No humanity on the EU’s external border?
Bonn: German Development Institute / Deutsches Institut für Entwicklungspolitik (DIE), The Current Column of 9 March 2020
13,000 refugees are waiting at the Greek-Turkish border. This is, not however, ‘no man’s land’, but rather the frontier between the geostrategic and domestic policy calculations of the EU and Turkey. What we are dealing with here is a humanitarian crisis, not a security issue, and our understanding of Europe as a community of values is at stake. At a time when right-wing extremism is on the rise in Europe and wars are raging on its borders, it is especially important for us to reflect on our values as EU citizens. We need to focus our efforts on dealing more effectively with actual dangers, instead of conjuring up scare stories about a new wave of immigration.
Fortress Europe at the expense of the European community of values
7,500 migrants are currently living in dire conditions in a camp set up for 648 people on the Aegean Island of Samos. 150 kilometres to the north on the island of Lesbos, 15,000 people are stuck in a camp built for 2,500. The picture is similar on other Greek islands, and the situation on the mainland is deteriorating dramatically. The Turkish Government has not only opened the border to Greece, but is also actively bussing migrants there, not least in an attempt to compel Europe to support its military intervention in Syria. Over 13,000 people at the mainland border between Turkey and Greece find themselves lacking sufficient supplies and are exposed to the cold and abuse by security forces and criminals.
As European citizens, do we plan to isolate ourselves, stock up on pasta and hand sanitiser, and stand by while the Greek police, supported by other EU countries, use tear gas and water cannon to drive desperate people back into the sea? Do we want to allow Greece to suspend the international right to asylum? For many Germans in the 1930s, which is not that long ago, the only way to survive was to flee to other countries. Many refugees forcibly displaced from what is now Poland and the Czech Republic found new homes after 1945 in occupied Germany. And while we pay lip service to our press freedom, journalists on Samos and elsewhere are being beaten and driven out by right-wing extremists. Children’s rights are one of the cornerstones of the EU Charter and yet children on Samos and elsewhere have been trapped for years in such desperation that they are becoming completely apathetic. Over 5,000 unaccompanied minors are exposed day and night to the risk of assault and many are falling into child prostitution, and this right in the heart of Europe.
How can we see this humanitarian catastrophe and look the other way, blaming with resignation the coronavirus crisis and right-wing extremist views in potential EU host countries, and returning to business as usual? Anyone forced to expose themselves to the deadly risks of the refugee route through the Mediterranean (which claimed 1,300 lives in 2019 alone) deserves solidarity, not child prostitution, police violence, assault and vilification. It is not only Erdogan’s policies that are, to quote German Chancellor Merkel, “taken out on the backs of the refugees”. Our own blinkered individual interests as Germans and Europeans are equally to blame for this situation.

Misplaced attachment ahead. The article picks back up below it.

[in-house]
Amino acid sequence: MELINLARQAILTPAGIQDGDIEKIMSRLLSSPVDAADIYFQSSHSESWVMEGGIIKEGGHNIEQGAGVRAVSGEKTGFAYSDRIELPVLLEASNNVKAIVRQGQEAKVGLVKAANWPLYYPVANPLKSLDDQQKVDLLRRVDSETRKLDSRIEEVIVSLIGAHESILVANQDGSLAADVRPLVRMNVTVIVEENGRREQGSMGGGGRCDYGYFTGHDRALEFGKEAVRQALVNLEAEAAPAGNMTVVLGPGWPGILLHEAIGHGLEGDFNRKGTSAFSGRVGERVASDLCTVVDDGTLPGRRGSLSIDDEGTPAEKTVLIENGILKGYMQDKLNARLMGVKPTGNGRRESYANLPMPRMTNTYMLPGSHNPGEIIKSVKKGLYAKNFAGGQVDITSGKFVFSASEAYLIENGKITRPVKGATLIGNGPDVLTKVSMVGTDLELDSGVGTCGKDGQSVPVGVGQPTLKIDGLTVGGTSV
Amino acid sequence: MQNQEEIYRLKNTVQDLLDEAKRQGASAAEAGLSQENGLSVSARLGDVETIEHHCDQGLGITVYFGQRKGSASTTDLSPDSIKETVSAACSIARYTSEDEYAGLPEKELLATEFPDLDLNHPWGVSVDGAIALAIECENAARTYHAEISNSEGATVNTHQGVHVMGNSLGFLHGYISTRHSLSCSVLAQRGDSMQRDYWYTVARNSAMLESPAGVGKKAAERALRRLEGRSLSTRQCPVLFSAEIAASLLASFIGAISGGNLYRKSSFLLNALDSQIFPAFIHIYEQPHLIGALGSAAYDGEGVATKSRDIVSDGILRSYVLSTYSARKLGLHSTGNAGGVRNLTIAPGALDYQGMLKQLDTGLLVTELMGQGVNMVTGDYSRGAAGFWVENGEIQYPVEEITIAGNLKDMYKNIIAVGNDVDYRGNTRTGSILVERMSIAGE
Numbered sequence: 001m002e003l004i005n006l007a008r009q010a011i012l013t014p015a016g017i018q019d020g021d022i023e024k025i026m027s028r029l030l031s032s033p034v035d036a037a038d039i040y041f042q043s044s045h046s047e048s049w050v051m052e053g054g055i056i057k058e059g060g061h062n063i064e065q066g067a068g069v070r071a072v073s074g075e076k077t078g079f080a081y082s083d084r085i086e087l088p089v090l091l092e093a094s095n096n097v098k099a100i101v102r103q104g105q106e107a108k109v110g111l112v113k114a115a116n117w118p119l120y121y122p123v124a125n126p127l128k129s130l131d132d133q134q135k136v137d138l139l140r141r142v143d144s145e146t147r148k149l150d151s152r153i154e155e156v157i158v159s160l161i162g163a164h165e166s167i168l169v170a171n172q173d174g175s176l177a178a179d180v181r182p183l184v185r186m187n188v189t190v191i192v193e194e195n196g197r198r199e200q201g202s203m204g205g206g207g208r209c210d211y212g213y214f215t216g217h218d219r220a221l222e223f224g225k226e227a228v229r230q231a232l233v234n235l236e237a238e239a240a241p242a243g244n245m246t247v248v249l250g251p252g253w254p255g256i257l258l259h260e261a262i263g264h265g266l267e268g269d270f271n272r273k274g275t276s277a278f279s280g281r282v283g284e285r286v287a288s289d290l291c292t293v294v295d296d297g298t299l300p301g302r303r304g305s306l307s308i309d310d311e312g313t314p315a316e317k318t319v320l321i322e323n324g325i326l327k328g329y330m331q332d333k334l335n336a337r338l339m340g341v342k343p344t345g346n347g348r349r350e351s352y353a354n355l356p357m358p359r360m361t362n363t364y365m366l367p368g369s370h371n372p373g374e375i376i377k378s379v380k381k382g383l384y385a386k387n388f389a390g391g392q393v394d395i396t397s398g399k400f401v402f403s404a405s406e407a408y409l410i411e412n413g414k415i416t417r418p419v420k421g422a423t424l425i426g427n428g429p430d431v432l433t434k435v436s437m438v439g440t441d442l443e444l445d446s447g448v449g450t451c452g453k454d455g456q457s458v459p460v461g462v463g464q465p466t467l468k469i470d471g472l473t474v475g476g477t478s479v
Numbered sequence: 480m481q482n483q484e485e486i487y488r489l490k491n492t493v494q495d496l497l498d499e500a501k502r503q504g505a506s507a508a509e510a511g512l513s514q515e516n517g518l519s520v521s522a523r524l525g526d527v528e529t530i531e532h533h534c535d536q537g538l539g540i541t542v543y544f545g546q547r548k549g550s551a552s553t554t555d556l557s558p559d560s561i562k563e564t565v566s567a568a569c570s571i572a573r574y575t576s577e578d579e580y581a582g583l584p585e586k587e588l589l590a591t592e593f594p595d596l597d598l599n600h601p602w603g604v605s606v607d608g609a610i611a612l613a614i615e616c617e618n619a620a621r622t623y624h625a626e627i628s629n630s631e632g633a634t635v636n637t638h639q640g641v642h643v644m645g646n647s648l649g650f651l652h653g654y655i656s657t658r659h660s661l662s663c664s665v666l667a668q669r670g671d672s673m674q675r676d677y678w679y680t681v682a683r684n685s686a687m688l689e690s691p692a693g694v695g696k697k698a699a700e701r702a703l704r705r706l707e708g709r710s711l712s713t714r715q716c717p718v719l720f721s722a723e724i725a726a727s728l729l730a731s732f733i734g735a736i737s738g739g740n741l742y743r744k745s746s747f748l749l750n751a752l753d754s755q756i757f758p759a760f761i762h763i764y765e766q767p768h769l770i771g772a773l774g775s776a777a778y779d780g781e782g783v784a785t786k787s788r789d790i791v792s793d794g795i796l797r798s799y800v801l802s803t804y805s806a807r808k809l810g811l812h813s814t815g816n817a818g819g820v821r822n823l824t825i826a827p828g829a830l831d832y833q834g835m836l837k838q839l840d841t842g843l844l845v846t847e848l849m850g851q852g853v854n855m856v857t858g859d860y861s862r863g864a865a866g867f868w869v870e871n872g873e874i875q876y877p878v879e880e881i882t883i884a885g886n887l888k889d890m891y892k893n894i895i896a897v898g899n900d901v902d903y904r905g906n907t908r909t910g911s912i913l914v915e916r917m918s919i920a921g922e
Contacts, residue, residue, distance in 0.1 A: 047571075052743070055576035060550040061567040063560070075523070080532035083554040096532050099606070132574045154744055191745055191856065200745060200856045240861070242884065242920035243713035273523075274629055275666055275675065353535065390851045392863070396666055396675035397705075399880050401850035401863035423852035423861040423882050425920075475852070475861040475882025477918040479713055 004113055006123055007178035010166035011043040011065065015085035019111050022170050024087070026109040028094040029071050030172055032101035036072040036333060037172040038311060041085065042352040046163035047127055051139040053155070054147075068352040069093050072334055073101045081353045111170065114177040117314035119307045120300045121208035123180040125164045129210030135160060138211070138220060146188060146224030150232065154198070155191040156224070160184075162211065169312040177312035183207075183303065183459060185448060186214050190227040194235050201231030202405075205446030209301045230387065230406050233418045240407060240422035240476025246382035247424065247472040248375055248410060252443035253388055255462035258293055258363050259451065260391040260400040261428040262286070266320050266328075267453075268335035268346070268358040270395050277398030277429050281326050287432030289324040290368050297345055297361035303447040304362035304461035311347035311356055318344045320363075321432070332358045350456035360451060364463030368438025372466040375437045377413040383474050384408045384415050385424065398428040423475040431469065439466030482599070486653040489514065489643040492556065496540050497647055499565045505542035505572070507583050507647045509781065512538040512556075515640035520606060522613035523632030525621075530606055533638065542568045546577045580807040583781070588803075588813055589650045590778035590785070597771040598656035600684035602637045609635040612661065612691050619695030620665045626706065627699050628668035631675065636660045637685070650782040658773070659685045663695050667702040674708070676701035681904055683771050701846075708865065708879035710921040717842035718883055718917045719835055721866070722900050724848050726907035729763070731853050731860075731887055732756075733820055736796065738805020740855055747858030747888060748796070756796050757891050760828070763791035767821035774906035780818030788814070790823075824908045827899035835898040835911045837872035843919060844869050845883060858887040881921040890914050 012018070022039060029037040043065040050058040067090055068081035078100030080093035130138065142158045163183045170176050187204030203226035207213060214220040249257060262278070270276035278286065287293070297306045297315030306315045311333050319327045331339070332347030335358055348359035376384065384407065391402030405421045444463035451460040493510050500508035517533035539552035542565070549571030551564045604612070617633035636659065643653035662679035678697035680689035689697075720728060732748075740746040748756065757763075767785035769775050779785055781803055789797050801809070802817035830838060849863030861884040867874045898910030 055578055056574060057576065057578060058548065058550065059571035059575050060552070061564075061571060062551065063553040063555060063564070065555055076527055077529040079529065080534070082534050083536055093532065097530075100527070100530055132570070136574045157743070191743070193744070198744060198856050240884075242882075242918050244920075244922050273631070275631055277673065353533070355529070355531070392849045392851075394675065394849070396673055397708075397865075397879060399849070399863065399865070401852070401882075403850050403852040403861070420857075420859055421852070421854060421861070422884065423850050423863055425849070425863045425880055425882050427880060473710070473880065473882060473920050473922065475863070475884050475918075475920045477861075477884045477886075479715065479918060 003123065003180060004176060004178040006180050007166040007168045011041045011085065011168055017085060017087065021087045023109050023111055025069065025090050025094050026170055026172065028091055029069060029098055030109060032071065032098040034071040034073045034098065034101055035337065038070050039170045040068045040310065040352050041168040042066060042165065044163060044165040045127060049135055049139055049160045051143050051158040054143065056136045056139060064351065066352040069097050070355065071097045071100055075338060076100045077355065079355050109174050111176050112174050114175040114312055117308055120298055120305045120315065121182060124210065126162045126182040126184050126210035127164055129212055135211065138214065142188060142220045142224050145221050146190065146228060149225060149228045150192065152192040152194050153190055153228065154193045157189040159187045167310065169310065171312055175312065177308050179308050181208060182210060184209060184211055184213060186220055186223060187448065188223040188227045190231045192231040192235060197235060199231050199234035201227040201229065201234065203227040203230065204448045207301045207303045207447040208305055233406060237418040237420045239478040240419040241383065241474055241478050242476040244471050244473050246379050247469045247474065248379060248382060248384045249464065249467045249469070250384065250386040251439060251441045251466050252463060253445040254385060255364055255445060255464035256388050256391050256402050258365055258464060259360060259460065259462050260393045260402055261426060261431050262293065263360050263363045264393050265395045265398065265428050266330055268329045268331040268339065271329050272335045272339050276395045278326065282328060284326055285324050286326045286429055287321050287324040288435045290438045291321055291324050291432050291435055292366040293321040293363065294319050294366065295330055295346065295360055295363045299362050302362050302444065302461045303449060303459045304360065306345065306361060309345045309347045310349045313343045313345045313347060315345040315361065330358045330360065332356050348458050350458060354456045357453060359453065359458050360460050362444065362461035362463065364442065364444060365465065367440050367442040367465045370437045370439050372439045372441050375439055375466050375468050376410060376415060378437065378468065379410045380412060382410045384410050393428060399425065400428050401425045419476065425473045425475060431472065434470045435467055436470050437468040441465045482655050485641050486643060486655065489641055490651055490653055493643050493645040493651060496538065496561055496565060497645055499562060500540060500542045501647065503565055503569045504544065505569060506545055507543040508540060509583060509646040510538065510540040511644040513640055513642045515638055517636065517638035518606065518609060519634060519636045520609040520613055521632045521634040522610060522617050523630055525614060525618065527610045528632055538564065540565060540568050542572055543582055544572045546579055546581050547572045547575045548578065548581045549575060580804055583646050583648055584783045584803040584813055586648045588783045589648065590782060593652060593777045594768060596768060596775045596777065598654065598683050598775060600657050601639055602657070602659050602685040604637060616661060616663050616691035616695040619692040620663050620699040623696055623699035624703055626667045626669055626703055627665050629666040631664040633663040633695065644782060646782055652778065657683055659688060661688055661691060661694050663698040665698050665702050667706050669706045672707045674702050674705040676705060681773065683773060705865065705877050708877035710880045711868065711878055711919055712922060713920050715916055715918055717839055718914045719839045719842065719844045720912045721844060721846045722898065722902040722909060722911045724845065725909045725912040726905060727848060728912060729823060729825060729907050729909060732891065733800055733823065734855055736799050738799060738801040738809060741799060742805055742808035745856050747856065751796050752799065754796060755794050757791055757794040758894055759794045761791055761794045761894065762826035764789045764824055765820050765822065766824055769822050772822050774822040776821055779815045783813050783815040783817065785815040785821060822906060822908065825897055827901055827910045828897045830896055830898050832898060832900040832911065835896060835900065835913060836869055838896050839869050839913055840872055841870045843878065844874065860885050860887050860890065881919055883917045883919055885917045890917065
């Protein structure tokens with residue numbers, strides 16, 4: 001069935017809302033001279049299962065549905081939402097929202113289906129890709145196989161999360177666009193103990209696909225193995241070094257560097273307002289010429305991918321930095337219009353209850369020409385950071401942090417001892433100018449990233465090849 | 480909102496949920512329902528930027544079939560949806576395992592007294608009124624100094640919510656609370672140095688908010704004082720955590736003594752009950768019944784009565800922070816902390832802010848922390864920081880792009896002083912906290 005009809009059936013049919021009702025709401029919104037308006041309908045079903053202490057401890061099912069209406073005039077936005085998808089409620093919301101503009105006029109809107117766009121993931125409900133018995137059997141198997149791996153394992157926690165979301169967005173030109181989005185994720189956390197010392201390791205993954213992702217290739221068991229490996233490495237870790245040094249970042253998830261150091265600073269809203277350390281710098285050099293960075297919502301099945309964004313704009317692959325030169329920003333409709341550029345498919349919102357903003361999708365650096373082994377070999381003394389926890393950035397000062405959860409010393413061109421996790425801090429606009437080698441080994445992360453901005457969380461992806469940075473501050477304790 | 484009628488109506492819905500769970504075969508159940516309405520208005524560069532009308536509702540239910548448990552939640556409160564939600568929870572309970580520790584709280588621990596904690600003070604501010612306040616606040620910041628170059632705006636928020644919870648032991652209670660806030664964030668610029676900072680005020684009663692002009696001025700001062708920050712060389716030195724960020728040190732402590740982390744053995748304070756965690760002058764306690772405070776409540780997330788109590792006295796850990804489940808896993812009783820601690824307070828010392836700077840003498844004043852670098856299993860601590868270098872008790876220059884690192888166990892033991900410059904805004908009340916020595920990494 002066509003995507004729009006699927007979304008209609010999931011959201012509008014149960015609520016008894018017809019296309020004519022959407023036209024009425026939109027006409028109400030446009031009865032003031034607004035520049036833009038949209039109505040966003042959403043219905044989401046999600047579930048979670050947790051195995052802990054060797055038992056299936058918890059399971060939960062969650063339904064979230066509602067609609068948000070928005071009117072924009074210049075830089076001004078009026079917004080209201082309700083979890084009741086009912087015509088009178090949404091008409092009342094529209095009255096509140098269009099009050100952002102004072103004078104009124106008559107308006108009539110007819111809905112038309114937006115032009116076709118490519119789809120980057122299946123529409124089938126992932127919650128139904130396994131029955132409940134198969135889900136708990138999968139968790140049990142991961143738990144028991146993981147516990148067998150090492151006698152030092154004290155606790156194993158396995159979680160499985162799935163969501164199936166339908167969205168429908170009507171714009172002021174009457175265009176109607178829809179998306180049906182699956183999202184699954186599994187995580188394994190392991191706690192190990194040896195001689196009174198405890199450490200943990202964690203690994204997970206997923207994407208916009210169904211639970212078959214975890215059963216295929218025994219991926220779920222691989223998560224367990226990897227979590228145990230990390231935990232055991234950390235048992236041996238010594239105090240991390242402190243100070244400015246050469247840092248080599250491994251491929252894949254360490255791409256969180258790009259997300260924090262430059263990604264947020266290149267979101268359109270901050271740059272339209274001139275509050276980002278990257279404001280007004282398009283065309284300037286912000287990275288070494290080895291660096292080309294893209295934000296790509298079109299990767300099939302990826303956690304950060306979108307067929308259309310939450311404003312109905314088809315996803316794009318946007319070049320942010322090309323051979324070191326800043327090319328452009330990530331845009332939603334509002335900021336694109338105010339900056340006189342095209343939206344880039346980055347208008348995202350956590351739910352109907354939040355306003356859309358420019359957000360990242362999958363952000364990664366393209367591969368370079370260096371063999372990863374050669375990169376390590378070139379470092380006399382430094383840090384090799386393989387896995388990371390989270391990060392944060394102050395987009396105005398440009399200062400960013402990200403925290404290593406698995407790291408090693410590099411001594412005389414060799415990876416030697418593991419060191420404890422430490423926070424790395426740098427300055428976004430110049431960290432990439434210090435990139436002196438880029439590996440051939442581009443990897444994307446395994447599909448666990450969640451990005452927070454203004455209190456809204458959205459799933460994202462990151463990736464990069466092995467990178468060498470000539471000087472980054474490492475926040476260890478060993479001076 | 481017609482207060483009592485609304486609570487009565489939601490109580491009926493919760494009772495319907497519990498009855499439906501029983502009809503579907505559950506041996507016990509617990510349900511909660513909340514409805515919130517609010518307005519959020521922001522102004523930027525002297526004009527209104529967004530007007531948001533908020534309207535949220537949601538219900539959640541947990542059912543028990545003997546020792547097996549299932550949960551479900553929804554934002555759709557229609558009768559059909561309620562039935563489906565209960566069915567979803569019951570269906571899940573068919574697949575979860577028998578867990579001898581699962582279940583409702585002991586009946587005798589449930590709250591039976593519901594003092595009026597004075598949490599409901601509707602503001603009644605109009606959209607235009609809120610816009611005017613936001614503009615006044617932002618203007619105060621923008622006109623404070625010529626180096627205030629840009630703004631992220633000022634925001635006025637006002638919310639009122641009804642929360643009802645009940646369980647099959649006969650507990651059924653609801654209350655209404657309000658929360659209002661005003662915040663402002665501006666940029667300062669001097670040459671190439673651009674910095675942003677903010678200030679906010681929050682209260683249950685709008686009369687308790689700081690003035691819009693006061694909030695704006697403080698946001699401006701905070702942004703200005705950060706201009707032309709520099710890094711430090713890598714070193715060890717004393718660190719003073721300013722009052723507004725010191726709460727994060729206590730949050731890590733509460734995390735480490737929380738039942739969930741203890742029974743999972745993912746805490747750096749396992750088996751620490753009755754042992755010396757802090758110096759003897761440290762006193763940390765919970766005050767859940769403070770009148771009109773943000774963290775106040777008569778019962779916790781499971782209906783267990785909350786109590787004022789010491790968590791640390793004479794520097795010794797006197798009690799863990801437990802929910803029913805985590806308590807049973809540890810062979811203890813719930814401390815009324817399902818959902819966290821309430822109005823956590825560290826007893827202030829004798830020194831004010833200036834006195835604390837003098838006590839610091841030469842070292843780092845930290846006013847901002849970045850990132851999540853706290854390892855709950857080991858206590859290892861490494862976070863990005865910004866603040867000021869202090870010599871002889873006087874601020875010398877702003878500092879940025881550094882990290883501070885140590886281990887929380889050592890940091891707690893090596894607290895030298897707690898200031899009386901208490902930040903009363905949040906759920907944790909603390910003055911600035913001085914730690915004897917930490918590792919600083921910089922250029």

Learning the lessons from 2015: Moving from crisis mode to win-win solutions
Rather than panicking about worst-case scenarios, we should learn the lessons from the handling of the influx of refugees in 2015, get out of the current crisis mode and focus on long-term, win-win solutions. Learning from 2015 means taking timely and coordinated action to develop capacity for providing accommodation, medical care, language lessons, education and cultural integration. The 2015 crisis was seriously worsened because the responsible institutions in Germany were not provided with sufficient resources and lacked suitably qualified staff. The inevitable scandals were exploited by populists, although their dire warnings of Islamist terror and criminality proved unfounded.
There are now several robust studies examining the conditions for the successful integration of refugees and migrants. Despite challenges such as a lack of training, difficulties in learning the language and the challenges of dealing with German authorities, the 2015 arrivals are being integrated far more quickly into the labour market than was the case in the 1990s.
In addition to the moral imperative of showing solidarity and offering protection to refugees, which is even more necessary due to the dangerous rise of right wing extremism in Germany, there are also completely rational reasons to accept people. Integrated migrants ultimately bring considerable economic advantages to Germany’s rapidly ageing society. Some of them could help German companies with urgently needed internationalisation and thereby benefit our export-oriented economy. They could also contribute to addressing acute shortages of skilled workers (there are currently 30,000 unfilled vacancies in the care sector alone). Controlled admission and registration procedures, and the expansion of and adequate investment in integration measures, at least within a core group of EU member states including Germany, would signal clearly that we Europeans are not trampling all over our basic values, and that we have not forgotten our own recent past.